Democratic leaders in the U.S. House of Representatives are still reeling from disappointing November election results as they now attempt to figure out how they will legislate while the Senate majority remains unknown.
If Democrats win the Senate majority — depending on the outcome of January’s runoffs in Georgia — there will be little negotiating needed with GOP congressmen in order to get legislation passed. But if the GOP maintains their majority -standing, then legislating in the House will become an interesting political arena – a game-changer that Rep. Alexandria Ocasio-Cortez, D- N.Y., has already noted.
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“The slimmer margin, it cuts both ways,” Ocasio-Cortez told the conservative magazine, The Dispatch. “It’s tough because we have to make sure that we cobble together a winning majority, but also it’s solid because we’re able to push a little bit more.”
The New York progressive, who’s come under fire from both sides of the aisle for her “radical” policies, highlighted the complex dynamics the House will face in 2021.
Speaker of the House Nancy Pelosi and Majority Leader Rep. Steny Hoyer will likely be taking a new approach to how they rally their votes after losing the advantage they had over House Republicans.
Though Democrats still hold the majority, they lost roughly 12 seats in the November general election – meaning Democrats currently hold the slimmest majority a party has seen in the House in decades.
Centrist Democrats pointed fingers at freshmen progressives like Ocasio-Cortez and “the Squad” — a group of four progressive Congresswomen including Representatives Ilhan Omar, Minn., Ayanna Pressley, Mass., and Rashida Tlaib, Mich., – for the loss in Democratic seats in the House.
“Do we want to win, do we want to govern, or do we want to be internet celebrities?” House Democratic Caucus Chair Hakeem Jeffries, D-N.Y., asked during a private call with fellow caucus members, Politico first reported a week after Election Day.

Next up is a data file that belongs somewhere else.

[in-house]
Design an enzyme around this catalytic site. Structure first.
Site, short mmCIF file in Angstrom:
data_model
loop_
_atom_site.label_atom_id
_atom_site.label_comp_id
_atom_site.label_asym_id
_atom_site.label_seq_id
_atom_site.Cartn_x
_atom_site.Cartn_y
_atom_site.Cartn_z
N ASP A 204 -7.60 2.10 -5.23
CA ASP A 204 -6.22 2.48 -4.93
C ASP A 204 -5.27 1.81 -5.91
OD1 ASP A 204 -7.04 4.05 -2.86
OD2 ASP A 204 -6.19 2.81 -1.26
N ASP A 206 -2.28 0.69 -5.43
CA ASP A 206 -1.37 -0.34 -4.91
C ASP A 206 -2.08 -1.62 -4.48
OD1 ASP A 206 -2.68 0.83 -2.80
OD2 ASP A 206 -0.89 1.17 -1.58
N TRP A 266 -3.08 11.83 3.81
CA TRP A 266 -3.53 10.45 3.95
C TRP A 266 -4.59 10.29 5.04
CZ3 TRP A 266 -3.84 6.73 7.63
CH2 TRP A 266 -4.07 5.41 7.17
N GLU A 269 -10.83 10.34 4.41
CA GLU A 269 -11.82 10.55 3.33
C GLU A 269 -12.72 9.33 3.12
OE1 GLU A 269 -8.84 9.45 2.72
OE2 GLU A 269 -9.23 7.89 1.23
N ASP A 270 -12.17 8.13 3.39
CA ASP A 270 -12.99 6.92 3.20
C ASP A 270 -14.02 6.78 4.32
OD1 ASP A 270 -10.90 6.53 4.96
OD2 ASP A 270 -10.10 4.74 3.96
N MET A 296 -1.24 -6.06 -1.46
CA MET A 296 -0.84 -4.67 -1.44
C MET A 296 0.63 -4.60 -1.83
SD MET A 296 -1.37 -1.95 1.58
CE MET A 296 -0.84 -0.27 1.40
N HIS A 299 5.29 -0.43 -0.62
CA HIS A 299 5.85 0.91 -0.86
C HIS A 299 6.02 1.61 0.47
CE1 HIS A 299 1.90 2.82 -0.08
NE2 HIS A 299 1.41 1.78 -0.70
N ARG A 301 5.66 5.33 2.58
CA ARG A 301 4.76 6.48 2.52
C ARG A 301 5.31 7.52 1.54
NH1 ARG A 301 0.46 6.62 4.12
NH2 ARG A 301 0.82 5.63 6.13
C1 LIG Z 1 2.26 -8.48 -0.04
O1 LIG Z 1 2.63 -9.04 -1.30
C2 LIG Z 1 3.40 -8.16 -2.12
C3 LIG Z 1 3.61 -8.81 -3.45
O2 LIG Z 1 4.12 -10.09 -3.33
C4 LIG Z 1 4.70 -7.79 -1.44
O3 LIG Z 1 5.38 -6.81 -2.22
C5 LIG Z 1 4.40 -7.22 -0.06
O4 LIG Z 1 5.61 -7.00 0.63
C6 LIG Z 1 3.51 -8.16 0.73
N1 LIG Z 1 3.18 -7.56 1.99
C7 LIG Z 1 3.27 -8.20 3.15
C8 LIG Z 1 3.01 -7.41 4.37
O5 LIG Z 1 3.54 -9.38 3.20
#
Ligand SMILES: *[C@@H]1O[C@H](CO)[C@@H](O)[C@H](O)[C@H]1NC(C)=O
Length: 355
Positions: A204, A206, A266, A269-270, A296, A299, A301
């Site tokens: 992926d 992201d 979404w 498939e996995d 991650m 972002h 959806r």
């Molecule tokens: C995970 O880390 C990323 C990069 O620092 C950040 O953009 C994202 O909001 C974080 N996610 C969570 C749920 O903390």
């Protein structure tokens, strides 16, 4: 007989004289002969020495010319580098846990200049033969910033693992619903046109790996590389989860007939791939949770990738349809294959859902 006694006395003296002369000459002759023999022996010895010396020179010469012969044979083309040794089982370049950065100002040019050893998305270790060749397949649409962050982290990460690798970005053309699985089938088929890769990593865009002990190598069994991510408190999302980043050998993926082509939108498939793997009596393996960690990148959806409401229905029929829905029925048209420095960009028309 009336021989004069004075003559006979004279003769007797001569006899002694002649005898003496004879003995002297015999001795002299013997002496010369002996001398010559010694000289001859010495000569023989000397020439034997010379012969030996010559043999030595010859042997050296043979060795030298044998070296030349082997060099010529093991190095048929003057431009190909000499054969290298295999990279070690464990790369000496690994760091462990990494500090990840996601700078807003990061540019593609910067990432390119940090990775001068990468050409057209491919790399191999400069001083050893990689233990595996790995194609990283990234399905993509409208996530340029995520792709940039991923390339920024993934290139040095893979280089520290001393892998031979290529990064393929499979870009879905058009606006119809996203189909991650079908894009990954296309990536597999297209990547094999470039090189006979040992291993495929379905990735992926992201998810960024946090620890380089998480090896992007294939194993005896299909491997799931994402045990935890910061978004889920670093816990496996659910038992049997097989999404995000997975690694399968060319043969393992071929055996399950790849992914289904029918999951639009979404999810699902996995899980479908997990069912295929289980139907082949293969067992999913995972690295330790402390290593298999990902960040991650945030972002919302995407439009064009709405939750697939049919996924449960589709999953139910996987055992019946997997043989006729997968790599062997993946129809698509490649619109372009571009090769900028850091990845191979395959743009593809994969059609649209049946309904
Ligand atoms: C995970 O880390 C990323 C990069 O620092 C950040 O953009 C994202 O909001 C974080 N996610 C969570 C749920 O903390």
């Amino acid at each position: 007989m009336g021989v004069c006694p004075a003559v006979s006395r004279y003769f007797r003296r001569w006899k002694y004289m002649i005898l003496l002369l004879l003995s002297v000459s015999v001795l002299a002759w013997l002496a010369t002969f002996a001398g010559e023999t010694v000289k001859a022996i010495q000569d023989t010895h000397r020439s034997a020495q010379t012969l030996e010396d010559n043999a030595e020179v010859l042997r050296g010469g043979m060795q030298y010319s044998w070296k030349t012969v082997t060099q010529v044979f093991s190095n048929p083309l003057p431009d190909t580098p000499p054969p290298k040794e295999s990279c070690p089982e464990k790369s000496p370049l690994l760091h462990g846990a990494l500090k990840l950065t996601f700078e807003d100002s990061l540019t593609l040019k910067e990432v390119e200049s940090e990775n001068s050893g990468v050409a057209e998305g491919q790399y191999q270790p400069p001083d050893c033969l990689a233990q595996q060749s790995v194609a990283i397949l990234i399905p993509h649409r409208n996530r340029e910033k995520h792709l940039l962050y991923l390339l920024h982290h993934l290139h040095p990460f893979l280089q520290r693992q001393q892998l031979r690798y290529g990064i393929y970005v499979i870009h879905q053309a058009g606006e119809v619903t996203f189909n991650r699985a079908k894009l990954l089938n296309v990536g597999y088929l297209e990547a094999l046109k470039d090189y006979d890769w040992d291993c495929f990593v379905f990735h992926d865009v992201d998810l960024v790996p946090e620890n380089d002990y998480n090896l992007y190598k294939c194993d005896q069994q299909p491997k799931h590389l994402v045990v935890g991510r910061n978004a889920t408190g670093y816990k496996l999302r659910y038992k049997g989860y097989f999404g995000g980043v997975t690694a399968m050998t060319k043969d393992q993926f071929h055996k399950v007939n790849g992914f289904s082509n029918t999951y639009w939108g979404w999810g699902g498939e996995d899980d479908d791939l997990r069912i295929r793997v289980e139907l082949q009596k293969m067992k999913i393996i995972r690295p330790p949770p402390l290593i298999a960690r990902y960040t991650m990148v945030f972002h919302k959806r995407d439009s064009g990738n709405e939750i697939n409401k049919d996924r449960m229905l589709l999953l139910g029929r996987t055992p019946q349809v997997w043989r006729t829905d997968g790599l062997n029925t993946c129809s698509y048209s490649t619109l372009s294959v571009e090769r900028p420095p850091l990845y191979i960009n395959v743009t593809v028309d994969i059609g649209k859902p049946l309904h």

“I think it’s a useful conversation for us to have because the socialism message wasn’t helpful,” he added.
Ocasio-Cortez and other Congressional democrats fired back, alleging the reason Democrats lost seats was not because of “socialist” agendas, but because the Party ineffectively connected with voters and was unable to efficiently counter GOP attacks.
“For the Dems who think I’m just being a selfish, divisive bombthrower from a deep blue seat, maybe you’ll listen to Doug Jones in Alabama when he says the same thing,” Ocasio-Cortez fired back on Twitter when Jones, considered a moderate candidate in the Democratic Party, lost re-election in the Alabama senate race.
But the question over how Pelosi and Democratic leadership will approach this term remains to be seen. Ocasio-Cortez and the “squad” have more power with a tighter House lead, for the simple reason that their votes are needed to get any Democratic agenda passed.
Any Democratic member and their allies would effectively control the floor from under Pelosi if they decide they do not approve of any legislation that compromises too much to the Republican minority – a problem that was exacerbated with President-elect Joe Biden’s recent cabinet choices that leave Democrats with 219 seat majority until special elections can be carried out.
Though Democratic House Whip Rep. James Clyburn of South Carolina says the Biden White House will have to “just manage it” by staggering the confirmation hearings and cabinet appointments, in order to prevent leaving House Democratic leadership in a vulnerable position.
Pelosi will either have to wait to bring legislation to the floor unless every single Democratic vote is guaranteed to support the bill, or enough Republican members will need to cross party lines when it is time to vote. This means the House could be paralyzed on the legislation front or potentially see an increase in moderate measures being passed with bipartisan support.
“On any given vote when your margin is as narrow as this, a few people can be mad about something totally unrelated to the vote and just take it out on you,” Rep. Tom Cole, R-Okla., said noting the difficult position Pelosi is in.
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Though even with the narrow majority, the Speaker will most likely not run into too many immediate issues with getting legislation passed in the New Year, as Congress is set to vote on nine agendas largely supported by Democrats including background checks on guns, lowering prescription drugs, voting rights and raising the minimum wage.
Whether or not these issues will gain enough support in the Senate to make it to Biden’s desk will only become clearer following Georgia’s special election on Jan. 5, 2021.
The Associated Press contributed to this report.